‘It’s a Gendered Issue, 100 Per Cent’: How Tough Bail Laws Entrench Gender and Racial Inequality and Social Disadvantage

Abstract

Women’s rates of remand, or pre-trial detention, have grown dramatically in Australia and the rates at which Aboriginal and Torres Strait Islander women are incarcerated without conviction are particularly high. However, there is little research examining bail and remand practices and their relationship to social inequalities. This article presents findings from research on the drivers behind women’s increasing rates of custodial remand in Victoria—a jurisdiction that has significantly restricted access to bail through legislative reforms. Drawing on data derived from interviews with criminal defence and duty lawyers, we outline how bail and remand practices systematically disadvantage women experiencing housing insecurity and domestic and family violence (DFV), increasing their risk of becoming trapped in longer-term cycles of incarceration. Our analysis reinforces the need to move away from ‘tough on crime’ approaches to bail. It also highlights unintended consequences of DFV reforms, including further marginalising and punishing criminalised women who are victim-survivors.

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Published: 2021-11-01
Section:Online First
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How to Cite
Russell, E. K., Carlton, B. ., & Tyson, D. (2021). ‘It’s a Gendered Issue, 100 Per Cent’: How Tough Bail Laws Entrench Gender and Racial Inequality and Social Disadvantage . International Journal for Crime, Justice and Social Democracy, 10(3). https://doi.org/10.5204/ijcjsd.1882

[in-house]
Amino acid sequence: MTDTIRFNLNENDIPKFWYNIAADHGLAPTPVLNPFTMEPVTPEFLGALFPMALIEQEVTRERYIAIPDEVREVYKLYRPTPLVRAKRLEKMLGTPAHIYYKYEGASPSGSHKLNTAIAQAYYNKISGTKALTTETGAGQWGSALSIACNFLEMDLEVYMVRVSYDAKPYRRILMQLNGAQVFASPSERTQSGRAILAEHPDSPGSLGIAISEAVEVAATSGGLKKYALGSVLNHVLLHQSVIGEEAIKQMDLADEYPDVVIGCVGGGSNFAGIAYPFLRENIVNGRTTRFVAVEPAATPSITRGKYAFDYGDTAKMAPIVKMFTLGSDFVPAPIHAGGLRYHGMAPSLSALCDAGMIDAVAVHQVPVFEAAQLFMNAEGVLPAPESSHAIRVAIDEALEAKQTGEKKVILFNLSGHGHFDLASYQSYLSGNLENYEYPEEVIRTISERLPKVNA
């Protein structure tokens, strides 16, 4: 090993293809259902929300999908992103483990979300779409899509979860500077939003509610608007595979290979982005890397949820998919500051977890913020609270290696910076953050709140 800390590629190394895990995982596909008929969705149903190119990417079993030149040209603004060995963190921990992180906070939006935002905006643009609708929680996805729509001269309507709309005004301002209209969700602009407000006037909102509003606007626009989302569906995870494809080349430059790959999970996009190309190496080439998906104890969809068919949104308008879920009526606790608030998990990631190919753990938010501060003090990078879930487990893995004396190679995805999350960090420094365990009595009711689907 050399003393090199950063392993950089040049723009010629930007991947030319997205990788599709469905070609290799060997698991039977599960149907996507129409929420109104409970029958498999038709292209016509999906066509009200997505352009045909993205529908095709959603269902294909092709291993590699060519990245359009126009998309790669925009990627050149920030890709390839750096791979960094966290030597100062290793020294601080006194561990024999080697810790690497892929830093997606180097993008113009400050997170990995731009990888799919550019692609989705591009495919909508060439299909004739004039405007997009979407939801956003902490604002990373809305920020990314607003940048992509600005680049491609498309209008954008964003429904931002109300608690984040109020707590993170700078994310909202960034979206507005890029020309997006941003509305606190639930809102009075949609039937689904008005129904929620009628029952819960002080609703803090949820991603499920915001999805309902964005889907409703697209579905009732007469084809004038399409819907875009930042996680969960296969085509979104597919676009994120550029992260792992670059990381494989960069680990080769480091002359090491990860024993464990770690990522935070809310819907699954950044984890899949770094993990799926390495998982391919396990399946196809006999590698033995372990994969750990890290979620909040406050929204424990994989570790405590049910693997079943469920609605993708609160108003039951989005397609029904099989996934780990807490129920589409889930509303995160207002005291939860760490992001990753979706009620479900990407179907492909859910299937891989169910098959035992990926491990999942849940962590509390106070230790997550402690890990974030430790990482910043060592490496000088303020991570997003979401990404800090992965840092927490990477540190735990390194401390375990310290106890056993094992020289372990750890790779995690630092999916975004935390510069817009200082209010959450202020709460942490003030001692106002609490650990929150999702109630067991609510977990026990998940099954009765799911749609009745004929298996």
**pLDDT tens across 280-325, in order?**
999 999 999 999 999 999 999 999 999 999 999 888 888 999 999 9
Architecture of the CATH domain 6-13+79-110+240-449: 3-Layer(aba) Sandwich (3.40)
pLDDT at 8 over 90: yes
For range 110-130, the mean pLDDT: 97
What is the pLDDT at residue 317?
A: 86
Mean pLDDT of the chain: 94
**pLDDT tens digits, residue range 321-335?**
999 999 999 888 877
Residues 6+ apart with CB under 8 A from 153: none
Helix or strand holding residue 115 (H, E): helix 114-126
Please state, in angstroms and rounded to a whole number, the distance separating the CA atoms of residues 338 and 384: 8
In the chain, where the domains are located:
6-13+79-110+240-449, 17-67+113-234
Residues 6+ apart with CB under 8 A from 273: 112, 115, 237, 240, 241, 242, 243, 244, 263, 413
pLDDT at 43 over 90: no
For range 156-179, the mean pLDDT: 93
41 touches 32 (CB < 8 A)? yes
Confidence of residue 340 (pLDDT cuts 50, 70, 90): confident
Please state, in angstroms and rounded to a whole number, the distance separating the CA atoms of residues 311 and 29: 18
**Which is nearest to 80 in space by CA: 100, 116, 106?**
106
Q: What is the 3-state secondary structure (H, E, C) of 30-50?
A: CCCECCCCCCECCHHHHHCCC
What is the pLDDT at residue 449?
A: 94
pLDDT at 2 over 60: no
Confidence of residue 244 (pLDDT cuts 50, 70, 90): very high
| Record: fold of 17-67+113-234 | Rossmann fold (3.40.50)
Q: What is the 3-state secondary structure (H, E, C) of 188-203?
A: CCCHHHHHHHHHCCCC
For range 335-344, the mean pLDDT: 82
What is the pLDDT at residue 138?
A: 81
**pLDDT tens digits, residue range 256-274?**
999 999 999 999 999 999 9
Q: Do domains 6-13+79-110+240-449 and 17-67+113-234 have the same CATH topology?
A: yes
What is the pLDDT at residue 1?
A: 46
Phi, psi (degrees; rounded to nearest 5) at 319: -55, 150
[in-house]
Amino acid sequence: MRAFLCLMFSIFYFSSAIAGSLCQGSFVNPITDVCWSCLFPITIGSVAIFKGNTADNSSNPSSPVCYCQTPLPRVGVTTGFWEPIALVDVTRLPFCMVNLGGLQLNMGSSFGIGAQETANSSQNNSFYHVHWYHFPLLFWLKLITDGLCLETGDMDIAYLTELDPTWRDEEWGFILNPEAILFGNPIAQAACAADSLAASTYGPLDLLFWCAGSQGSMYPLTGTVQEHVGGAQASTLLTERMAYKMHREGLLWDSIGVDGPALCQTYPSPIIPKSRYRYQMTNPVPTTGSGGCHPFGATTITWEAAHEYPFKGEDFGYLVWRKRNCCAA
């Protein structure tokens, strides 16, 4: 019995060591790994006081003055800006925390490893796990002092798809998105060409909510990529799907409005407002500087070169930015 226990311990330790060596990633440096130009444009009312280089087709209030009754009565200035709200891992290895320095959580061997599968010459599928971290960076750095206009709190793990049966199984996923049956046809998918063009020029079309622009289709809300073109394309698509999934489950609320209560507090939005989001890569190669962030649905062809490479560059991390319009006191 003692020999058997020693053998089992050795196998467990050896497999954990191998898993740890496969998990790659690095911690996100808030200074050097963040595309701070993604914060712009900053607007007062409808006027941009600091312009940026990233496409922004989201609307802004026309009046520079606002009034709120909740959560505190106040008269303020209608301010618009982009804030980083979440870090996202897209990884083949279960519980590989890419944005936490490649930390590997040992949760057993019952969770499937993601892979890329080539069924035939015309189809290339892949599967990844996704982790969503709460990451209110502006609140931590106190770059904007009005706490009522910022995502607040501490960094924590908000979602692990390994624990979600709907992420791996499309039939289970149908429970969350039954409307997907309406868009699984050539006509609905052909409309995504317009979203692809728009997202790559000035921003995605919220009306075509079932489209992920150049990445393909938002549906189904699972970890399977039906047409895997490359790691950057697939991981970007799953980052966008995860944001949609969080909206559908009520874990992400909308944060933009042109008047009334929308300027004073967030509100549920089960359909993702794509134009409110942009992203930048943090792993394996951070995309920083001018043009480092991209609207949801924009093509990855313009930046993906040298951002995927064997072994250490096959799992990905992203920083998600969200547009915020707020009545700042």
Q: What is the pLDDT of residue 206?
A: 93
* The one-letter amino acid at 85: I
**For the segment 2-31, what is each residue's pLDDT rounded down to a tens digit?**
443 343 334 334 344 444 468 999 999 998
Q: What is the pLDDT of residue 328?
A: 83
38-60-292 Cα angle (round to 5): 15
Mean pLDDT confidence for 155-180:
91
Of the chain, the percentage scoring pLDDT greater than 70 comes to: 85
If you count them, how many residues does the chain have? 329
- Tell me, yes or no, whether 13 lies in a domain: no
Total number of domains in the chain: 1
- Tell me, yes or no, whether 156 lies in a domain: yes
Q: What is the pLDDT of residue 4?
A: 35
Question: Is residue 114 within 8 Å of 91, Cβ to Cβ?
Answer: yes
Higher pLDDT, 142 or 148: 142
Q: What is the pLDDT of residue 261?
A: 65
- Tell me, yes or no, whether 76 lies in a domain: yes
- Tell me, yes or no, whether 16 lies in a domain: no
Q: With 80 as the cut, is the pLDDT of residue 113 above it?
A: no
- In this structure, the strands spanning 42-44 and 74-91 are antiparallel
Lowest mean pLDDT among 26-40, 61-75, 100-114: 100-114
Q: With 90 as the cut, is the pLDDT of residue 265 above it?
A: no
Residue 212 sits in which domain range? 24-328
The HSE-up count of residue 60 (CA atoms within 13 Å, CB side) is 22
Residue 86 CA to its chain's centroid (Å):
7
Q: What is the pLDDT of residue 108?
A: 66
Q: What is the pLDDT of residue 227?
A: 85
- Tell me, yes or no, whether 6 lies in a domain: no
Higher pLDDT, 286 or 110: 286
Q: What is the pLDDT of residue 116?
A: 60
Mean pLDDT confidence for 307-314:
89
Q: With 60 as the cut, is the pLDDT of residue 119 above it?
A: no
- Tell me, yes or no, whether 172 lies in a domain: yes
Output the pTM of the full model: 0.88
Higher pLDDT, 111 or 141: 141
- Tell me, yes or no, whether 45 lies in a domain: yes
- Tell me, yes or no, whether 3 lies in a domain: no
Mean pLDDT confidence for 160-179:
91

Author Biographies

La Trobe University
 Australia

Emma K. Russell is Senior Lecturer in Crime, Justice and Legal Studies in the School of Humanities and Social Sciences at La Trobe University. Her research examines criminalisation, incarceration and activism in social and political context. Her recent publications appear in journals such as Law Text Culture, Punishment & Society and Theoretical Criminology. Her first sole-authored book, Queer Histories and the Politics of Policing, was published by Routledge in 2020. She is also co-author of Resisting Carceral Violence: Women’s Imprisonment and the Politics of Abolition (2018).

Deakin University
 Australia

Bree Carlton is a Senior Lecturer in Criminology at Deakin University. Her research centres on two key areas: histories of anti-carceral protest and histories of punishment and institutionalisation. She seeks to explore intersections between the two areas and how these may help us to better understand collective visions, memories and struggles for penal change and social justice. Bree has published research papers in Theoretical Criminology and Punishment & Society, and is co-author of Resisting Carceral Violence: Women’s Imprisonment and the Politics of Abolition, published in 2018 by Palgrave Macmillan.

Deakin University
 Australia

Danielle Tyson is a Senior Lecturer in Criminology at Deakin University and Co-Convenor of the Deakin Research on Violence Against Women (DRVAW) Hub and the Monash Deakin Filicide Research Hub. She has undertaken extensive research and published widely in the field of gender and domestic/family violence, including legal responses in cases of intimate partner homicide, the impacts of law reform, and the nature and dynamics of filicide (the killing of a child by a parent or step-parent).